FIGURE 4: Primary sequence alignment of subunit-a.

(A) The partial primary sequence alignment of subunit-a from E. coli, yeast, and human is shown. The residues predicted to form transmembrane helices 3-5 (TMH3-5) are underlined and labeled [54, 56, 63, 145]. The highly conserved and essential R210 (E. coli numbering) is shaded blue. The residues shaded red are mutated in the discussed human diseases. The residues shaded gold are identified as important for proton movement [54, 204].

(B) Hypothetical model of the arrangement of the helices from subunits a, b, and c. The helices from subunits a (5 helices), b (2 helices) and c (20 helices) are shown along with the side chains for a-Arg1876 (yellow/blue) and c-Glu59 (red). There is very little cross-linking data positioning Helix 1 of subunit-a and thus the position is inferred from the absence, rather than presence, of cross-linking. Subunit b is thought to have a stoichiometry of 2 in the E. coli enzyme and 1 in the mitochondrial enzyme and there is 1 transmembrane helix in the bacterial subunit and 2 in the mitochondrial subunit. This view is from the matrix side of the mitochondrion. Also shown is the relative direction for deportation/protonation of c-Glu59 during ATP synthesis. The black arrow indicates the direction of rotation during ATP synthesis. Also shown is a schematic of the orientation of the transmembrane helices (TMH) for subunits a, b, and c in the membrane. Note that the helices for the subunits-a and -b are representations of a possible placement and secondary structure, while the structure of the c-ring is a crystal structure obtained from yeast [8].

8. Symersky J, Pagadala V, Osowski D, Krah A, Meier T, Faraldo-Gomez JD, and Mueller DM. (2012) Structure of the c10 ring of the yeast mitochondrial ATP synthase in the open conformation. Nat Struct Mol Biol 19, 485-491. http://dx.doi.org/10.1038/nsmb.2284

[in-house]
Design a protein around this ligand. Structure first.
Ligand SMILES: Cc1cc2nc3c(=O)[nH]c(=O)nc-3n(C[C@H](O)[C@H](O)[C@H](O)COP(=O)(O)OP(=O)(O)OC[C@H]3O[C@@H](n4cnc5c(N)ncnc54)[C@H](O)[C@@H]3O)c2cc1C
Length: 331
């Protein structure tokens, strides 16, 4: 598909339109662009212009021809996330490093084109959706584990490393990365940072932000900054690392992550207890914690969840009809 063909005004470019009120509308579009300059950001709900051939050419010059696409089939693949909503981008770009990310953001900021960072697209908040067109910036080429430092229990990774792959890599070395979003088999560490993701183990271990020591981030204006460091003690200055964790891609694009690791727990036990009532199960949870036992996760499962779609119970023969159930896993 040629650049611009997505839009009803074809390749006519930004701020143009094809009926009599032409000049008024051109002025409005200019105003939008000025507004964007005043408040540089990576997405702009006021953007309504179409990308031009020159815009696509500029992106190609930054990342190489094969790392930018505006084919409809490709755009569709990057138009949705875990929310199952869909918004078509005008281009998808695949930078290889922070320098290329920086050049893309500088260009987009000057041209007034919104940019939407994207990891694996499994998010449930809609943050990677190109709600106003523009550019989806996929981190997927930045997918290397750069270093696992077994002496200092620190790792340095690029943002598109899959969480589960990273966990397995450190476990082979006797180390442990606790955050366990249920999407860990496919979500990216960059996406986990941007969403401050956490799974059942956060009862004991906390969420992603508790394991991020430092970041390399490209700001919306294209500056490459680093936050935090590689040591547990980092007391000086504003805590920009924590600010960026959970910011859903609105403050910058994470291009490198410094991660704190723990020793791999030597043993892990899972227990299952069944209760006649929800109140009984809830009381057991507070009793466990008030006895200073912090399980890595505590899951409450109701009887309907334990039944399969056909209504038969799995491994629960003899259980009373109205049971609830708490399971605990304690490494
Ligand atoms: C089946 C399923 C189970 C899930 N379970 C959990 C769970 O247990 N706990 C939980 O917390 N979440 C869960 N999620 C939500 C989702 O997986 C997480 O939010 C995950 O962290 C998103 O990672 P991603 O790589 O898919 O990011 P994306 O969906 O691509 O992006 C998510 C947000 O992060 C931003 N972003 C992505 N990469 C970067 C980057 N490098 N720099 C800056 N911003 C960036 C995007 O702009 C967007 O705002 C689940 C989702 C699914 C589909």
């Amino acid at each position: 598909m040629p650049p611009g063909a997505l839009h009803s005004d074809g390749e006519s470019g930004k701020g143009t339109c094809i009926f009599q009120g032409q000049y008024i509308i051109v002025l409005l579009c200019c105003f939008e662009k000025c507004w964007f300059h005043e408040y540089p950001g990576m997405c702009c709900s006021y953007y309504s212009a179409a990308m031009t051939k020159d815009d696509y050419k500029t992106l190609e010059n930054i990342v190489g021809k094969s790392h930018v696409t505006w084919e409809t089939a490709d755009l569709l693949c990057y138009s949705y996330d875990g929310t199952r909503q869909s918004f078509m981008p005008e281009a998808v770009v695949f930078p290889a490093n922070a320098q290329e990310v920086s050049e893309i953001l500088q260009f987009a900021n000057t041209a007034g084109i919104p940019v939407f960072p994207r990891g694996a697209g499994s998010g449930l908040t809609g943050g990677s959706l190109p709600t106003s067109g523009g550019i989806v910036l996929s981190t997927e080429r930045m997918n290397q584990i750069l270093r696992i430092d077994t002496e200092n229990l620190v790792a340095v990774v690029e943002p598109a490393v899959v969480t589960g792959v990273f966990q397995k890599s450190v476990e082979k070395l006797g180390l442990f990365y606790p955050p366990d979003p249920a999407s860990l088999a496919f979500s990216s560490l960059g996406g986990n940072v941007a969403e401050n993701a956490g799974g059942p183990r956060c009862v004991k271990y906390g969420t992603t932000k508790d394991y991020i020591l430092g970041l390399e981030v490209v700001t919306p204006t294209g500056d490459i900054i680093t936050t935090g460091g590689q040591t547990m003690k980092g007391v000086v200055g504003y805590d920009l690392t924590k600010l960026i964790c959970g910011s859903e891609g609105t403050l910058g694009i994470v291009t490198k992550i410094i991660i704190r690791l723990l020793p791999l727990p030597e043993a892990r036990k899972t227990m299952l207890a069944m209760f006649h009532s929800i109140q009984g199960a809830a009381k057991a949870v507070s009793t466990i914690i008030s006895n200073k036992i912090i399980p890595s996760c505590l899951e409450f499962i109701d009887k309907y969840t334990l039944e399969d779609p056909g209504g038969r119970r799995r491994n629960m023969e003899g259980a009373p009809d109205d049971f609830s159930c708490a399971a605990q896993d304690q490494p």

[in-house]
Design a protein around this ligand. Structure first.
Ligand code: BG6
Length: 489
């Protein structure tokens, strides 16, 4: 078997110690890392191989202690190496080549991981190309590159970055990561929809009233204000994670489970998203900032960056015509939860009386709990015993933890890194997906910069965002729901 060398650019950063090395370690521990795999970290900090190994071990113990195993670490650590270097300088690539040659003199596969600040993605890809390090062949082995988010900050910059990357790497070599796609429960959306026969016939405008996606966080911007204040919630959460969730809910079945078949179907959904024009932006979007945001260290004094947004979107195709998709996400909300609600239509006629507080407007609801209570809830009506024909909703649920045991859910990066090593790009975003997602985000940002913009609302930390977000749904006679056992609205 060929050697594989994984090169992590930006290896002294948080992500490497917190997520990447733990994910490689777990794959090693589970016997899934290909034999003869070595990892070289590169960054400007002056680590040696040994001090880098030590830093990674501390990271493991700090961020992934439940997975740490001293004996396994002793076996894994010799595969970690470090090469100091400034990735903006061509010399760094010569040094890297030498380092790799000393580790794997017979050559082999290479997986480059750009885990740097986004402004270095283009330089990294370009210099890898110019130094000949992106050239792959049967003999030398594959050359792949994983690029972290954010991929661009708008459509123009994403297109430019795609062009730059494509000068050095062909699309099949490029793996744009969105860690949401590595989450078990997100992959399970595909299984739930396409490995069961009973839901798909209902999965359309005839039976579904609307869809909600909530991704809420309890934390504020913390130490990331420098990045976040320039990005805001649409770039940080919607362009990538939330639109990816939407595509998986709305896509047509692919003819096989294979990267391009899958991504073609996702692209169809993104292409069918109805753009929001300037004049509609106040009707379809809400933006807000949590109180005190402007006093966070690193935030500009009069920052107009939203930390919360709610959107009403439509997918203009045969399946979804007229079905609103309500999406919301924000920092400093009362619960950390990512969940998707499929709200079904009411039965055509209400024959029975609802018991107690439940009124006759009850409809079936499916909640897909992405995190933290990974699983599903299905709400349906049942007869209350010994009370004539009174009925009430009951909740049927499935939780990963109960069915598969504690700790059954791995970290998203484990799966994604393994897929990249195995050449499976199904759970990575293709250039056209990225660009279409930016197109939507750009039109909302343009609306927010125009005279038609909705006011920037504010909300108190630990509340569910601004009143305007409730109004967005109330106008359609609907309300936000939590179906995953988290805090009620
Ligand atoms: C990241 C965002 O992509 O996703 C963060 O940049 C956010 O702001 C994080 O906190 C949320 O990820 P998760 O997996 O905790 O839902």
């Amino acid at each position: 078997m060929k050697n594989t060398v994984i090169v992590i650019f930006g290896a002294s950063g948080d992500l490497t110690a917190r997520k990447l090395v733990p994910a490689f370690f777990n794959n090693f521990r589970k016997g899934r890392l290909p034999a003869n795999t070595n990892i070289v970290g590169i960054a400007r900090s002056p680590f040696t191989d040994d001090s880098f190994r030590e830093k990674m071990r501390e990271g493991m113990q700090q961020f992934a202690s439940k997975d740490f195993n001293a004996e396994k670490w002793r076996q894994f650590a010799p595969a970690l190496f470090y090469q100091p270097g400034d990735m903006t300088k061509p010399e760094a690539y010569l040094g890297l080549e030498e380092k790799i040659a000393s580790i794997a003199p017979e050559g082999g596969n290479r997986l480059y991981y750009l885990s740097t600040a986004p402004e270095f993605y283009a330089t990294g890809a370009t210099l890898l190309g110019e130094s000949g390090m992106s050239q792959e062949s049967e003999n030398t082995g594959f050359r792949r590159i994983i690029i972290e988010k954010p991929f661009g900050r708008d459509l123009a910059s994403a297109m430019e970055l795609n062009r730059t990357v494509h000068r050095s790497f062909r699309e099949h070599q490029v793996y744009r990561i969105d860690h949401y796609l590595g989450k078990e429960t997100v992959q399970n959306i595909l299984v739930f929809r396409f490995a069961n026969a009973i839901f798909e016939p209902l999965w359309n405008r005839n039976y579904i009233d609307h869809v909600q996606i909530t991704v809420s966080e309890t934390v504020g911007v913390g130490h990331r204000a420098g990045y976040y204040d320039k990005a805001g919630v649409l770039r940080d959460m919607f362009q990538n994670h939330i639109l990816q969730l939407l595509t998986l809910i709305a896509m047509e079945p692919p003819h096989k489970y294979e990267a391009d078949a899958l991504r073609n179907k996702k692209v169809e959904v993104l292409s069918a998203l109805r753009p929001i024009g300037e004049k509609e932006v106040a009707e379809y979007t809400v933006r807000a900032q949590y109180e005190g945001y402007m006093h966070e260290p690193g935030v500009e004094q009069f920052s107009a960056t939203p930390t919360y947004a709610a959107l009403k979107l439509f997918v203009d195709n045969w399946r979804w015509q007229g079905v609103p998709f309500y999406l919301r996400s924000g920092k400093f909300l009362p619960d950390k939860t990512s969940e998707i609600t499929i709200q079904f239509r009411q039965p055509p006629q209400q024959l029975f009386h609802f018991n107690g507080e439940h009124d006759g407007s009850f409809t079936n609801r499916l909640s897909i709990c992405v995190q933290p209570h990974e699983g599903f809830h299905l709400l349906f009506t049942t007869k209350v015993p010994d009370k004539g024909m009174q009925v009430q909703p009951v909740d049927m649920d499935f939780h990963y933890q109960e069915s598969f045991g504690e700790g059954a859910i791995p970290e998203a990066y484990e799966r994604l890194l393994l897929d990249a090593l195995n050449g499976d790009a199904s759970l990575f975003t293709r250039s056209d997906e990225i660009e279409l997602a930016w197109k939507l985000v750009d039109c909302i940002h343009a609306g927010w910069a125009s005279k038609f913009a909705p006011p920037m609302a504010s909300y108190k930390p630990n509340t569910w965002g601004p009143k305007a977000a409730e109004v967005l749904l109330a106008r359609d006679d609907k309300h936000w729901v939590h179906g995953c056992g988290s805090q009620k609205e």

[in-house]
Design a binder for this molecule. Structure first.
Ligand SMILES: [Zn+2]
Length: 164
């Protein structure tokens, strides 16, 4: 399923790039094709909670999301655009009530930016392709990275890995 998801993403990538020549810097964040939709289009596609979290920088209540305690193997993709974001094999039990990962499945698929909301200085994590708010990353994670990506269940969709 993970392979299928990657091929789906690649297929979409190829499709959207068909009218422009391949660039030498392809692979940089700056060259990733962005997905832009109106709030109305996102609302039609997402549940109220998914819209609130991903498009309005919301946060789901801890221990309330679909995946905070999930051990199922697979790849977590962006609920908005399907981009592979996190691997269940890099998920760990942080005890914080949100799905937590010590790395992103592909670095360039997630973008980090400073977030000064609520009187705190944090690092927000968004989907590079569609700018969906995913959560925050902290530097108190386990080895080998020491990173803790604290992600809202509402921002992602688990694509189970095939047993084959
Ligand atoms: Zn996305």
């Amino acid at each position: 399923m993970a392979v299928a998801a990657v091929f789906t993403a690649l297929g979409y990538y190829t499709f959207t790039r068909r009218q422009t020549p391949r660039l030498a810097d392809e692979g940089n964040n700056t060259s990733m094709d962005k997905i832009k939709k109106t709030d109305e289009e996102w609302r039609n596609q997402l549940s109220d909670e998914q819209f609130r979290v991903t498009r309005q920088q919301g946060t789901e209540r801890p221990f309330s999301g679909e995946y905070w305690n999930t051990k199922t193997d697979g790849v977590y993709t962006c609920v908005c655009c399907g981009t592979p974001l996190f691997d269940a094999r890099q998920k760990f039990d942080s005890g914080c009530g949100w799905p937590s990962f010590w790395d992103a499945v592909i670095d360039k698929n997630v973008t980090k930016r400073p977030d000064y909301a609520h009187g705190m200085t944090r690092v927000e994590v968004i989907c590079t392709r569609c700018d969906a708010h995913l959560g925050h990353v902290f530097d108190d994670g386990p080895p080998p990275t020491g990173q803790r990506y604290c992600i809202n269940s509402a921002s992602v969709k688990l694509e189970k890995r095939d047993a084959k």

54. Dong H, and Fillingame RH. (2010) Chemical reactivities of cysteine substitutions in subunit a of ATP synthase define residues gating H+ transport from each side of the membrane. J Biol Chem 285, 39811-39818. http://dx.doi.org/10.1074/jbc.M110.175844

56. Long JC, Wang S, and Vik SB. (1998) Membrane topology of subunit a of the F1F0 ATP synthase as determined by labeling of unique cysteine residues. J Biol Chem 273, 16235-16240. http://dx.doi.org/10.1074/jbc.273.26.16235

63. Vik SB, Long JC, Wada T, and Zhang D. (2000) A model for the structure of subunit a of the Escherichia coli ATP synthase and its role in proton translocation. Biochim Biophys Acta 1458, 457-466. http://dx.doi.org/10.1016/s0005-2728(00)00094-3

145. Vik SB, and Ishmukhametov RR. (2005) Structure and function of subunit a of the ATP synthase of Escherichia coli. J Bioenerg Biomembr 37, 445-449. http://dx.doi.org/10.1007/s10863-005-9488-6

204. Steed PR, and Fillingame RH. (2009) Aqueous accessibility to the transmembrane regions of subunit c of the Escherichia coli F1F0 ATP synthase. J Biol Chem 284, 23243-23250. http://dx.doi.org/10.1074/jbc.m109.002501